NHL CBA: Dan Cleary and the Verbal Agreement

Joel Auerbach

On Tuesday, tucked into a general Red Wings report by one of the diggers about the pending unrestricted free agents on the Wings' roster and the team's plans for them, Helene St. James tucked in a bit of wording about one of them that opens up a few interesting questions about the nature of what happened during last summer's free agency period.

We're all pretty sure that Dan Cleary isn't going to play for the Red Wings next season. He was a late offseason addition to an already overstuffed team and he couldn't consistently outplay his own injuries to make an impact for the Red Wings. Despite the years of hard work and dedication, the fans by-and-large are ready to move on from Dan Cleary. What's more is that, if reporting at the time was accurate, Dan Cleary walked away from a more-lucrative deal in Philadelphia to take a much smaller payout on a shorter contract with the Wings.

Cleary told us that he had to follow his heart and that his heart led him back to the Motor City. If what St. James reported Tuesday is true, then his heart probably had just a little bit of help from his brain in making the decision.

Daniel Cleary is in a different boat. When he rejoined the Wings on the urging of coach Mike Babcock last September, it was with a verbal agreement that Cleary would be employed by the Wings beyond this season. Given how poorly this season went for Cleary — he was unproductive before becoming a healthy scratch, and then finished the spring injured — he is likely to be offered a front-office job.

The question here is whether they can have such a verbal agreement. It seems the NHL would frown upon promising things to a player which seem to hinge on how little he signs for. The answer is that they might, but there's a lot of problematic burden in stopping it.

I'll make this clear right off the bat: there is nothing in the CBA which expressly forbids a team's front office from discussing a player's future after his contract. There's really nothing expressly forbidding a verbal agreement to hire a guy after his playing days are over or to say you want to sign him for one year and then try to re-sign him the next if he wants to keep playing. None of this is illegal, as long as it's disclosed.

There IS something in the wording that can make such a verbal agreement void though: Paragraph 19 of the Standard Player's Contract

19. The Club and the Player represent and warrant that there are no undisclosed agreements of any kind, express or implied, oral or written and that there are no promises, undertakings, representations, commitments, inducements, assurances of intent, supplements or understandings of any kind between the Player or his Certified Agent and the Club that have not been disclosed to the NHL, with regard to: (i) any consideration of any kind to be paid, furnished or made available during the term of the SPC or thereafter; and/or (ii) and future renegotiation, extension, amendment or termination of this SPC.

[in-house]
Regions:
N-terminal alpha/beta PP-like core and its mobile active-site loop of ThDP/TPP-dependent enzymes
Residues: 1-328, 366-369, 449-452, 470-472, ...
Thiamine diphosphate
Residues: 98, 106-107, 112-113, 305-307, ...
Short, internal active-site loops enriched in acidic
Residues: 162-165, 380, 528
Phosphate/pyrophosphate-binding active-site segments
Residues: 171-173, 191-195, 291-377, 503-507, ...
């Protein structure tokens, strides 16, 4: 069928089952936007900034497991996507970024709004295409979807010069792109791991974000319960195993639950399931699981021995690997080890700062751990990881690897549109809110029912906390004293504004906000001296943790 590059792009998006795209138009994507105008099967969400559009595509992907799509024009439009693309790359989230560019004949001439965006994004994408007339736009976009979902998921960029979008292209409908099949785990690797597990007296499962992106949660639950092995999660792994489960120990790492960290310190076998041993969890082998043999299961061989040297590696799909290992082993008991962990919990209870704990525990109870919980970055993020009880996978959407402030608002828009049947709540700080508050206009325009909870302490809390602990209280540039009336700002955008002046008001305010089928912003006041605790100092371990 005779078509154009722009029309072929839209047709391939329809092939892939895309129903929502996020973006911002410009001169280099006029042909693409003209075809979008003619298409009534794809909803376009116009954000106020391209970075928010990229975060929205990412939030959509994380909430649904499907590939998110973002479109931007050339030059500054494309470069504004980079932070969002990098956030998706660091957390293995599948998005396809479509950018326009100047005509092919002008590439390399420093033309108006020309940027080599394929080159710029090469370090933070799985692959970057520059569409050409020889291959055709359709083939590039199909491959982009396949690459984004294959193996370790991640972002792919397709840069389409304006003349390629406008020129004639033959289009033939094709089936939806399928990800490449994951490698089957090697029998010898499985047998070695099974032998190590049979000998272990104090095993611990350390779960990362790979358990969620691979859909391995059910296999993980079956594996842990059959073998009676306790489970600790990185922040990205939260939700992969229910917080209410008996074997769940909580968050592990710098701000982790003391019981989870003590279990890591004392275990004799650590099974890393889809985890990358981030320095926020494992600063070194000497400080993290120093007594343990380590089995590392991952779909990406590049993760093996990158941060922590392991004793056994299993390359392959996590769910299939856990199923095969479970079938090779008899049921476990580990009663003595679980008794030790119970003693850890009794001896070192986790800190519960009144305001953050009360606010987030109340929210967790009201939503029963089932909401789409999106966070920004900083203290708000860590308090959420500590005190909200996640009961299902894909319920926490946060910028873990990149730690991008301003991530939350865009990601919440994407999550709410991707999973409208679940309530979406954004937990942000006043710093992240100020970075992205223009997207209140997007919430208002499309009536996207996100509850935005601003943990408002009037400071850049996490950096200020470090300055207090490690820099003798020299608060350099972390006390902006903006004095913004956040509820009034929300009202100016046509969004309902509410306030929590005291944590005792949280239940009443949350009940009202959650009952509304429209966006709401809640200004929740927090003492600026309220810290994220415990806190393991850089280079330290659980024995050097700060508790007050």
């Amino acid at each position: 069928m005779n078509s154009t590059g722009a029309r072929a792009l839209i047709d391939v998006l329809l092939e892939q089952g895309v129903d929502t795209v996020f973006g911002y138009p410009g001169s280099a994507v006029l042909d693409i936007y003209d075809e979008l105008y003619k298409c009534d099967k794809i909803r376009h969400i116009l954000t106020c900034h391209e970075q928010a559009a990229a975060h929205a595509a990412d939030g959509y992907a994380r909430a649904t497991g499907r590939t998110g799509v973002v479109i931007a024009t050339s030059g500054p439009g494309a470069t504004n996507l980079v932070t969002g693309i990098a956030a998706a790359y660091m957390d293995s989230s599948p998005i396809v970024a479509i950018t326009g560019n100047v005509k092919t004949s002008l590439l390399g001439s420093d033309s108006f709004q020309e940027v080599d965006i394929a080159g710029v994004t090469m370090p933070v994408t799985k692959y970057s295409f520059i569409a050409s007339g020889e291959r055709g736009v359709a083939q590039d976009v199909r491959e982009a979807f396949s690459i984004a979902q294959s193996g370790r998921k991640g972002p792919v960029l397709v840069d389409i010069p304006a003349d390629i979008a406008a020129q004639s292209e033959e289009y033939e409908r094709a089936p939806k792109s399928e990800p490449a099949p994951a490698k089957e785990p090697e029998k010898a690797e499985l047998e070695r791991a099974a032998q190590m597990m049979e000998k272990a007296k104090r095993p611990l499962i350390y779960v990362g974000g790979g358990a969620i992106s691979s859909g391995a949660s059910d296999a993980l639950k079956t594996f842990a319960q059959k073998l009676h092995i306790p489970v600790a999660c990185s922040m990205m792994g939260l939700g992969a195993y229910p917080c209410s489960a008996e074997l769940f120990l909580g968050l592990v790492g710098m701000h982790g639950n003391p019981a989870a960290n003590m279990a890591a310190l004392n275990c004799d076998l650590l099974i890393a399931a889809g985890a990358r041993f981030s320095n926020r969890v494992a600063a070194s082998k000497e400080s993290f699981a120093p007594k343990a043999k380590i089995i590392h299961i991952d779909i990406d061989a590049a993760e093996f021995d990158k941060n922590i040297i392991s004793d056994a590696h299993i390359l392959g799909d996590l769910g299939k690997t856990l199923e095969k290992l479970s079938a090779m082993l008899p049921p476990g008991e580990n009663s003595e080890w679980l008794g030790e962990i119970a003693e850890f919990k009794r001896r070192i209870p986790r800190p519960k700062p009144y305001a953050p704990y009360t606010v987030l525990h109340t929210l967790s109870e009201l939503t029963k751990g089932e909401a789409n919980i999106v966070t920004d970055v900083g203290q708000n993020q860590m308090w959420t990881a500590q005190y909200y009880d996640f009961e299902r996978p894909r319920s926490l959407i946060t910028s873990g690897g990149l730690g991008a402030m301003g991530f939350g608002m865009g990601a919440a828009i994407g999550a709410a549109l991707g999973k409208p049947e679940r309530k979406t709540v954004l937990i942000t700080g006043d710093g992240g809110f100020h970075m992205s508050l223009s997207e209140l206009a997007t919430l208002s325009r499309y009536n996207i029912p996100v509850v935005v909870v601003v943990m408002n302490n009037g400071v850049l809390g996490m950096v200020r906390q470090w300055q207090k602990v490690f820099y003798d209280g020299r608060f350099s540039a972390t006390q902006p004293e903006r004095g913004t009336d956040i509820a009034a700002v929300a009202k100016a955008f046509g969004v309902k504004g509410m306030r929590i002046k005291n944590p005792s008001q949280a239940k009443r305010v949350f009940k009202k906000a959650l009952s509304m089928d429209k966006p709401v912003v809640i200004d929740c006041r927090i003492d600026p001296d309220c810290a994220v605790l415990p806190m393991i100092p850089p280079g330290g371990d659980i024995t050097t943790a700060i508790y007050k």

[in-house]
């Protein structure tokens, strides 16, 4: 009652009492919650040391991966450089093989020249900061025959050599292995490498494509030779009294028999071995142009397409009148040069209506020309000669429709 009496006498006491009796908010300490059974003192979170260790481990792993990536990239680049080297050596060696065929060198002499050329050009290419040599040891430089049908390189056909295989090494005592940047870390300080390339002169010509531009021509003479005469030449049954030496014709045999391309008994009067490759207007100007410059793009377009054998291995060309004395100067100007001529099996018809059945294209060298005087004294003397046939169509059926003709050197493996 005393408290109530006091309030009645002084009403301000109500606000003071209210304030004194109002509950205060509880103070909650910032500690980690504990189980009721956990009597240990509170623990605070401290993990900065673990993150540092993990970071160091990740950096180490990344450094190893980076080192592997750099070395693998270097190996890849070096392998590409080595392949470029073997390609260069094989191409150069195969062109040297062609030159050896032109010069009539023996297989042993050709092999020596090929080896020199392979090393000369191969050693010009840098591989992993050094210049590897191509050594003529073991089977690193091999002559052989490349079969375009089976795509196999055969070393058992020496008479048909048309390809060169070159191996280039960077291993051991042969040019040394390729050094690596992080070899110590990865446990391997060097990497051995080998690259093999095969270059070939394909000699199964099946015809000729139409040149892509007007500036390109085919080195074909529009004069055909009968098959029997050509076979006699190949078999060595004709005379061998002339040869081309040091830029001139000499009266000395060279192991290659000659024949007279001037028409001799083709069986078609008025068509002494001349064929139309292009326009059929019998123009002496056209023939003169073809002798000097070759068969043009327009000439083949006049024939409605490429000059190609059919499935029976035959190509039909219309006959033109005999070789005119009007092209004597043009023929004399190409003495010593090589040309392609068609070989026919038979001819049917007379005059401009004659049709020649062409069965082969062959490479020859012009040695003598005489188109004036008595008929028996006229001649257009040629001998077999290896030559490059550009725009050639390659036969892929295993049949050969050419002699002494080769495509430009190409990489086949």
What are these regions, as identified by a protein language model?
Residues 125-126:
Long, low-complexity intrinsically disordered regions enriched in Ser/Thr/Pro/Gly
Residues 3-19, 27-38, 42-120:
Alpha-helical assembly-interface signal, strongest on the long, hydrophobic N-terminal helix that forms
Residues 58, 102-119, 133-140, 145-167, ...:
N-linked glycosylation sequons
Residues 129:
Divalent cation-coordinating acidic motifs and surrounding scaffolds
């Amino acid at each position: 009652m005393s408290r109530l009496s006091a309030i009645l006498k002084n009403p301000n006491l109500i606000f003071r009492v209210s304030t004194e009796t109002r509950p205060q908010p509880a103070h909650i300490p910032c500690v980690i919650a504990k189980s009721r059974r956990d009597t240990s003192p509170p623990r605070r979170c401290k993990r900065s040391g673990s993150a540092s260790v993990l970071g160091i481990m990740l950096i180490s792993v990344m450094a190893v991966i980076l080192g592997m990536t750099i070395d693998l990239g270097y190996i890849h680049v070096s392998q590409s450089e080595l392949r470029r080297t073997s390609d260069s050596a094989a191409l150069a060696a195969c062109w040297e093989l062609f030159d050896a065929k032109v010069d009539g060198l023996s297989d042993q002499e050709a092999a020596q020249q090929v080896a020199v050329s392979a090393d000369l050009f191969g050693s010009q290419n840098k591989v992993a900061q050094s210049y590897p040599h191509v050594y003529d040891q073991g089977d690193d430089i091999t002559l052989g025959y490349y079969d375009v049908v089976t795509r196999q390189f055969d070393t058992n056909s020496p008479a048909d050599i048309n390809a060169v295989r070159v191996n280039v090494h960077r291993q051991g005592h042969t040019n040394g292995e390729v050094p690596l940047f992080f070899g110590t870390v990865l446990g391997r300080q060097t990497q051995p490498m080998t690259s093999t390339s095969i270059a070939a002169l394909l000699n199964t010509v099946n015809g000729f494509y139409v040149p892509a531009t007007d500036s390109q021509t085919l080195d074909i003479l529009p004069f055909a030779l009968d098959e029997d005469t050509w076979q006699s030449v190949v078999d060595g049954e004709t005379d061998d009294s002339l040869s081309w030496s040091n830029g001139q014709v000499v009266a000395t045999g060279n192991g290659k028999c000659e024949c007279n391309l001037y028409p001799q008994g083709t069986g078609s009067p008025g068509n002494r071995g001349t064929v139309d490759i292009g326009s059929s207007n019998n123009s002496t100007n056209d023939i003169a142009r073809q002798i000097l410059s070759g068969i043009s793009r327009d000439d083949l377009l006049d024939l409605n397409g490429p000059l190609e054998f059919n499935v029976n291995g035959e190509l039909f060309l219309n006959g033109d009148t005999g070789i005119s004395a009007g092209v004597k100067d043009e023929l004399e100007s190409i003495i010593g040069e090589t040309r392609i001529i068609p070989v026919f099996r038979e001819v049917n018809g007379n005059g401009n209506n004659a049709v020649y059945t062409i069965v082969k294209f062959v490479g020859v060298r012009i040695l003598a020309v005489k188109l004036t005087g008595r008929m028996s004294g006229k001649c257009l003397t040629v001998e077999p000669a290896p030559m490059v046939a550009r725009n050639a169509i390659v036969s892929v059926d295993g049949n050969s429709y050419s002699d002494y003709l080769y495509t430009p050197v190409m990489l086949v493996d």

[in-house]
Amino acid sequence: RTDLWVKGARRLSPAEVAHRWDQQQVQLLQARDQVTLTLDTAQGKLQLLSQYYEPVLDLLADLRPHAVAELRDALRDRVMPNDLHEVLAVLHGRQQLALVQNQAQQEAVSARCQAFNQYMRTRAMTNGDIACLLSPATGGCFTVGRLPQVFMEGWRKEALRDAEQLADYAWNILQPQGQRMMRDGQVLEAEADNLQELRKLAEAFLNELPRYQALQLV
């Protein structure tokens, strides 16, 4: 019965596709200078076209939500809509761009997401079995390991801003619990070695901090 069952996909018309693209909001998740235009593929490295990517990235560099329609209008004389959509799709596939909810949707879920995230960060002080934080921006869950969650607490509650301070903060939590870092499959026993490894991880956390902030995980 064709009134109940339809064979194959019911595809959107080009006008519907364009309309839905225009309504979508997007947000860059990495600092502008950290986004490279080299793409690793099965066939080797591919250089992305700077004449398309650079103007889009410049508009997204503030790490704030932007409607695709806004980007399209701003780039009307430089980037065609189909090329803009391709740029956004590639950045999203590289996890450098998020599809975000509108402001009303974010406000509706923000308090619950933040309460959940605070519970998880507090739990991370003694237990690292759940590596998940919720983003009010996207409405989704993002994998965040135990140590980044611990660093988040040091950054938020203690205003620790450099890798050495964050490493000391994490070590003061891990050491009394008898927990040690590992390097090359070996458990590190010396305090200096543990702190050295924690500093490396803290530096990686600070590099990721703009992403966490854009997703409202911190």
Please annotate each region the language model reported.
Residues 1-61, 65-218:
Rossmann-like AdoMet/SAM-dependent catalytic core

If there ever was an agreement that wasn't disclosed to the NHL, the player and the club signing off on the SPC specifically said there wasn't, and any attempt to force either side to abide by a "but he/they PROMISED" agreement is going to face the fact that a contract was signed which specifically states there never was an enforceable promise.

If the verbal agreement was disclosed to the NHL, and they found it problematic, then they would have voiced their issue with it at that time and we might have already heard about it.

If somebody comes out and says that this agreement took place and that it wasn't disclosed to the NHL (say for instance that this tidbit in the HSJ piece is news to the league), then the NHL is stuck with trying to investigate whether there truly was a verbal agreement. They'd also need to see if they could tie such an agreement directly to a player taking a smaller salary (as that would be an Article 26 violation for circumventing the cap).

In simple terms, that's a hell of a lot of work to put into an investigation that would cause a lot of noise and likely wouldn't turn up enough evidence to withstand an arbitration hearing, all to go after a team that didn't really benefit from the contract and a player who's probably one of dozens to have one of these verbal handshake agreements across the league.

Bottom line: is it illegal to negotiate contracts like this? Yeah, probably a little bit. But, if the league isn't going to chase after the Senators and Daniel Alfredsson after the player himself said last year that there was a verbal agreement in place meant to help circumvent the cap, they're almost certainly not going to waste any energy on chasing down this lead.

It's just an interesting wrinkle on the nature of how these deals come together.

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